The Library of Congress National Film Registry announced Wednesday the 25 films selected for historic preservation this year. Movies like Amadeus, Clerks, Old Yeller and Purple Rain were chosen from 5,200 entries because of their “cultural, historic and aesthetic importance.”
A record 28 percent of films on the list are directed by women – seven of the 25 selections, including Kimberly Peirce’s groundbreaking feature Boys Don’t Cry (1999) and Patricia Cardoso’s Real Women Have Curves (2002).
It is the highest number of films selected from female filmmakers since the Registry was founded 30 years ago to preserve culturally significant film titles. Other 2019 selections directed by women include documentaries Before Stonewall (1984) and I Am Somebody (1970) from directors Greta Schiller and Madeline Anderson. Girlfriends (1978) from Claudia Weill and Gunvor Nelson’s My Name Is Oona (1969) will also be preserved under the National Film Preservation Act.
Rounding out the films from women is Elaine May’s A New Leaf (1971), which “made her the first woman to write, direct and star in a major American studio feature,” according to Deadline.
Less than eight percent of the 775 films on this “culturally significant” list are directed by women. In 2018, only two were chosen. The previous year, four of the 25 selections were directed by women.
“Even if every single film added to the Registry from here forward was directed by a woman, it would take 26 years for the list to be balanced with 50 percent female-directed films,” writes Dr. Michele Meek, author of Independent Female Filmmakers: A Chronicle Through Interviews, Profiles and Manifestos. “If 70 percent of the films added annually were directed by women, it would take 51 years for the list to reach gender parity. If the LOC continues to add less than 50 percent of women to the list as they have been doing, then it will never be equal.”
Librarian of Congress Carla Hayden calls the Registry “an important record of American history, culture and creativity. Unlike many other honors, the registry is not restricted to a time, place or genre. It encompasses 130 years of the full American cinematic experience — a virtual Olympiad of motion pictures. With the support of Congress, the studios and other archives, we are ensuring that the nation’s cinematic history will be around for generations to come.”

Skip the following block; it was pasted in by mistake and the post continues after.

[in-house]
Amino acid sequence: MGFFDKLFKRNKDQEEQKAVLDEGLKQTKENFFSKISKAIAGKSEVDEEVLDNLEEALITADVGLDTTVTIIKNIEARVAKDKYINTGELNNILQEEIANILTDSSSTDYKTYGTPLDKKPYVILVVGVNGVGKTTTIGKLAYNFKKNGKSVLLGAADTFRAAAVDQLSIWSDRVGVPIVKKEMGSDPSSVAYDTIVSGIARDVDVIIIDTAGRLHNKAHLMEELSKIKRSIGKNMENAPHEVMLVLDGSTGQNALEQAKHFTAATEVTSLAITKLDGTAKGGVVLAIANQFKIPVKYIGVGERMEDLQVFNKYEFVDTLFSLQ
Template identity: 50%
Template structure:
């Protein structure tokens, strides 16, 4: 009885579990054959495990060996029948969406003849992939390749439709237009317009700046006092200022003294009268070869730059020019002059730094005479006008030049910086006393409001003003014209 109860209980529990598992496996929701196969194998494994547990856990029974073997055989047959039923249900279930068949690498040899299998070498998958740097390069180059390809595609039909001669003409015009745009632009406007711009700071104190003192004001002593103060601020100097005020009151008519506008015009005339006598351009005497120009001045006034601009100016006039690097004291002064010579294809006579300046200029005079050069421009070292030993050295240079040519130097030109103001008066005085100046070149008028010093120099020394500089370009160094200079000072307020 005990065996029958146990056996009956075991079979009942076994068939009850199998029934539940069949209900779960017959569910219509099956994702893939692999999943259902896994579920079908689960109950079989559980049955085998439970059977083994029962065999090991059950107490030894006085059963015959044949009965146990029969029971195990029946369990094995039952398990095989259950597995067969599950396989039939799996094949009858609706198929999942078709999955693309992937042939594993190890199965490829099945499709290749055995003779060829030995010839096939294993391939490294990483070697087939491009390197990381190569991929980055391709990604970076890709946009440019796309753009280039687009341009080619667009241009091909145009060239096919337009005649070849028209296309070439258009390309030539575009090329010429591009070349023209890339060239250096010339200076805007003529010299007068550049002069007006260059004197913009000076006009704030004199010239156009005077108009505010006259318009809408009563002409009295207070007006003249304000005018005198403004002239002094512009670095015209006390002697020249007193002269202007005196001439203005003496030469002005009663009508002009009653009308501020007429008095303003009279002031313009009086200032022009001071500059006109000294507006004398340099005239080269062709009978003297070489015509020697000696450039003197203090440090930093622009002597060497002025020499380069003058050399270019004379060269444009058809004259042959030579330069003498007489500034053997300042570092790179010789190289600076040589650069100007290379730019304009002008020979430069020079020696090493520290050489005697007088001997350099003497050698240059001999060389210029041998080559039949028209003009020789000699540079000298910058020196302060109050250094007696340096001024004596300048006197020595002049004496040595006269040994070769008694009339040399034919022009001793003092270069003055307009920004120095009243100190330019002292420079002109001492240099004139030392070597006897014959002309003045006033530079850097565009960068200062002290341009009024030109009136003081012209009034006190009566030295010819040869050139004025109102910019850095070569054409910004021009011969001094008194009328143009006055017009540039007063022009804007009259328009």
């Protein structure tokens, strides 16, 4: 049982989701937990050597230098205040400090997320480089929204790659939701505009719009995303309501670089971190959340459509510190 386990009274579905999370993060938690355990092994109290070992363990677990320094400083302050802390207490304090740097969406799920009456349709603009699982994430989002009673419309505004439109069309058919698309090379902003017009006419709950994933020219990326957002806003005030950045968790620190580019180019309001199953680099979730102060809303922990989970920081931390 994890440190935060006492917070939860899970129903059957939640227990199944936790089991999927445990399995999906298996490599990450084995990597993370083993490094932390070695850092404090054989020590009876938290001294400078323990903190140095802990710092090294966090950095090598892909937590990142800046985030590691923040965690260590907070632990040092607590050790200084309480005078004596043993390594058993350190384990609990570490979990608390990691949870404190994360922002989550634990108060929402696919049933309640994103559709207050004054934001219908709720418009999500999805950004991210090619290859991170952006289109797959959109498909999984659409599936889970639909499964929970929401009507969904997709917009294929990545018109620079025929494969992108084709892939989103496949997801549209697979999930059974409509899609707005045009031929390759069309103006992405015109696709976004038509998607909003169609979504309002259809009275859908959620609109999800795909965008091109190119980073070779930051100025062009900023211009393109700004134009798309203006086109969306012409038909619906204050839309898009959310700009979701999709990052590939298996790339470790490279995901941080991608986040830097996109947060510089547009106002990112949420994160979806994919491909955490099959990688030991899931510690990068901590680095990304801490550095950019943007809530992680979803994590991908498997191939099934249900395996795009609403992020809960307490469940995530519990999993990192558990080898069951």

Meek believes that cinematic preservation of culturally significant films should reflect a diverse country. “If the goal of the Registry is as stated to ‘reflect who we are as a people and as a nation,’ then it must be addressed how to make it more reflective of all of us. To resolve this, more films directed by women and people of color should immediately be added to the Registry.”
© Georgiana E. Presecky (12/12/19) FF2 Media
Full list of 2019 National Film Registry Selections:
Becky Sharp (1935)
Before Stonewall (1984)
Body And Soul (1925)
Boys Don’t Cry (1999)
Coal Miner’s Daughter (1980)
Emigrants Landing At Ellis Island (1903)
Employees Entrance (1933)
Fog Of War (2003)
George Washington Carver At Tuskegee Institute (1937)
I Am Somebody (1970)
The Last Waltz (1978)
My Name Is Oona (1969)
A New Leaf (1971)
Old Yeller (1957)
The Phenix City Story (1955)
Purple Rain (1984)
Real Women Have Curves (2002)
She’s Gotta Have It (1986)
Sleeping Beauty (1959)
Zoot Suit (1981)